Other schemes may be available for businesses based in Northern Ireland,Wales and Scotland.
Measures Aimed at Supporting Business Continuity
Coronavirus Job Retention Scheme
All employers in all sectors (including both profit and not-for-profit) will be eligible for the scheme. Under the scheme, HM Revenue & Customs (“HMRC”) will provide grants to reimburse employers for the following amounts:
- the lower of: (i) 80% of the usual monthly wage cost before tax of each employee who is furloughed (i.e. put on leave of absence and not performing any work for the employer); and (ii) £2,500; PLUS
- employer’s NICs; PLUS
- minimum auto-enrolment employer pension contributions.
The scheme will cover all employees who are paid through the UK’s PAYE withholding system, and were on the payroll as at 28 February 2020. The minimum length an employee can be furloughed for is three weeks and employers can only submit one claim in any three week period.
Claims for reimbursement, which must be made to HMRC, can be backdated to 1 March 2020, if applicable. The scheme will apply until at least 31 May 2020 and there will be no limit on funding.
Suspension of the wrongful trading regime
The UK government intends to suspend the wrongful trading regime governed by sections 214 and 246B of the Insolvency Act 1986.
The Insolvency Act requires a director to act in the best interests of a company’s creditors and take all steps necessary to minimise losses to creditors in the event it becomes apparent the company will not be able to avoid an insolvent liquidation or administration.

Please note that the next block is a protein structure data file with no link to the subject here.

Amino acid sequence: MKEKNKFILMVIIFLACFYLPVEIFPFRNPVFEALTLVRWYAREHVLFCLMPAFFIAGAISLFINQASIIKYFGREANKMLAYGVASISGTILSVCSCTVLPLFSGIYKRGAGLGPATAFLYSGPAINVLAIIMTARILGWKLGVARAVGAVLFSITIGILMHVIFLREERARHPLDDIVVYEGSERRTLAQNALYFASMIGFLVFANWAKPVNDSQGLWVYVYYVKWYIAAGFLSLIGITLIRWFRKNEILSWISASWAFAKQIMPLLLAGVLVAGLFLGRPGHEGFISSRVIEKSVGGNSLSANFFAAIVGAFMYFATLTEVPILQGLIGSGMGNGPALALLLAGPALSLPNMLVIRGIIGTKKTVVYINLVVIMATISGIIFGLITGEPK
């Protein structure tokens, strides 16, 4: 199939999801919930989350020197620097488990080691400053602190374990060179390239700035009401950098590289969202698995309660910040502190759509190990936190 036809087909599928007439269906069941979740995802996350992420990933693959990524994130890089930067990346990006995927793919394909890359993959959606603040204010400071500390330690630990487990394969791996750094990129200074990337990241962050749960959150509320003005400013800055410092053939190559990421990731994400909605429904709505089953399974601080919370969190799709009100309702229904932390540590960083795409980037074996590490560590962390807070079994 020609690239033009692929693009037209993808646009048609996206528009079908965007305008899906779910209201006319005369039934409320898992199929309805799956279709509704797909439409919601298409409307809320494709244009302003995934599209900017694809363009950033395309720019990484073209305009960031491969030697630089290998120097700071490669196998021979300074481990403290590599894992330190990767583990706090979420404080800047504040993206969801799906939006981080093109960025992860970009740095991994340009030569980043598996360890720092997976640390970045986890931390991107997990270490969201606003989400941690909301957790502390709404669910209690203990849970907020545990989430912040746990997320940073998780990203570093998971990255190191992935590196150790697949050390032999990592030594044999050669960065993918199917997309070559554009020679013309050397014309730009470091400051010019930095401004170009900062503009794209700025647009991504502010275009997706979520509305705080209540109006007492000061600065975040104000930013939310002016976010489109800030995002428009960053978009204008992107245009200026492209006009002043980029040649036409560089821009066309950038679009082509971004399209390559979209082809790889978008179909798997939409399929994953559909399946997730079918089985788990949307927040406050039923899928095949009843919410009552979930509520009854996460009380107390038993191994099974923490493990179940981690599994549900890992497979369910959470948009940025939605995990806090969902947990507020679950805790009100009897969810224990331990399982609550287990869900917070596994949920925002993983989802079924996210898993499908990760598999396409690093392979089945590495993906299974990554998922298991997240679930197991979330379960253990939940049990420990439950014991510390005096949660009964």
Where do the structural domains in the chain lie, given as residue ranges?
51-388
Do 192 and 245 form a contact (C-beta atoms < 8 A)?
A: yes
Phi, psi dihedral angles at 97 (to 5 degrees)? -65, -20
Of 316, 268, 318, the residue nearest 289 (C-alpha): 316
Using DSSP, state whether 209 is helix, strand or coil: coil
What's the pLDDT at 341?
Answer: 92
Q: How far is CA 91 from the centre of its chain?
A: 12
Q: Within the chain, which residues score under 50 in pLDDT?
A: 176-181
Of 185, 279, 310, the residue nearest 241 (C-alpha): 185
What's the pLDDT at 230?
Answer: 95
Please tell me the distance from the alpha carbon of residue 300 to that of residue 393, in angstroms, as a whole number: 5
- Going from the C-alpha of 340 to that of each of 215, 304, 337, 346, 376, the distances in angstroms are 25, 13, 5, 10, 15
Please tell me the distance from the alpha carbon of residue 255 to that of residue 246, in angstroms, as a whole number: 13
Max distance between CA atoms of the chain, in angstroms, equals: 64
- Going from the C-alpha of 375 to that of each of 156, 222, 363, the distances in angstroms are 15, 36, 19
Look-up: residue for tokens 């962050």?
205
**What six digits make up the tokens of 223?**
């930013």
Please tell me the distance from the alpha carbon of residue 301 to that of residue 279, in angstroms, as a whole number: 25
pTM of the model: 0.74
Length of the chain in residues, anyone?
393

The government intends to retrospectively suspend the wrongful trading regime from 1 March 2020 for a period of three months. The suspension will permit directors to continue to trade even where they believe the company may not be able to avoid insolvency. The measure will allow directors to prioritise making payments to employees and suppliers in place of creditors, without incurring personal liability.
Planned changes to the insolvency regime
Further changes are planned to the UK’s insolvency regime that will enable companies to continue trading and purchasing basic supplies, including energy, raw materials and internet connectivity, while they are seeking or undergoing a rescue or restructure. These changes are intended to be considered and passed into law upon parliament being reconvened in April 2020.
Protection for commercial tenants
The UK government has implemented measures that will prevent businesses from being evicted from their premises due to non-payment of rent.
Tenants will be protected for rental payments due in April, May and June. However, companies will remain liable to their landlords for the missed repayment.
Financial support schemes, rate relief schemes and other measures implemented by the UK government to ensure business continuity are intended to support UK based companies, of all sizes, in conjunction with commercial lenders.
We encourage our clients to consider the opportunities presented by the government schemes and measures carefully, consulting with us as appropriate.
White & Case has carried out an analysis of global governmental responses to the COVID-19 crisis. These vary considerably from country to country and are being updated and amended regularly.
We have prepared an in-depth and nuanced analysis for various major jurisdictions and pulled together a global response team.
The UK Government and market players have implemented urgent measures to deal with the impact of the COVID-19 outbreak. The applicable measures are described and compared here.